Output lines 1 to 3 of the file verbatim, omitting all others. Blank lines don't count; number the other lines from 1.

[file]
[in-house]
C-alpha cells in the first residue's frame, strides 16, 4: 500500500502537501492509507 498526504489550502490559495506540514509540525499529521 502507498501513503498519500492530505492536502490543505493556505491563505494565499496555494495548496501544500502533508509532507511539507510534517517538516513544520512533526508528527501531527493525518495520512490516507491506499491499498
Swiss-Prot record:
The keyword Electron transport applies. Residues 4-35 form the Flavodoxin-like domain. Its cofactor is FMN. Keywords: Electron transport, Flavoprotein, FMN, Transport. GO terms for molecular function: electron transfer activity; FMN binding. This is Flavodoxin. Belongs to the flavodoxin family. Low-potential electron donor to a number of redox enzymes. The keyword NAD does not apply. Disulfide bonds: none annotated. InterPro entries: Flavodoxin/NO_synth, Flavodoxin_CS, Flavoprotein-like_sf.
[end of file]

[in-house]
C-alpha cells in the first residue's frame, strides 16, 4: 500500500502537501492509507 498526504489550502490559495506540514509540525499529521 502507498501513503498519500492530505492536502490543505493556505491563505494565499496555494495548496501544500502533508509532507511539507510534517517538516513544520512533526508528527501531527493525518495520512490516507491506499491499498
Swiss-Prot record: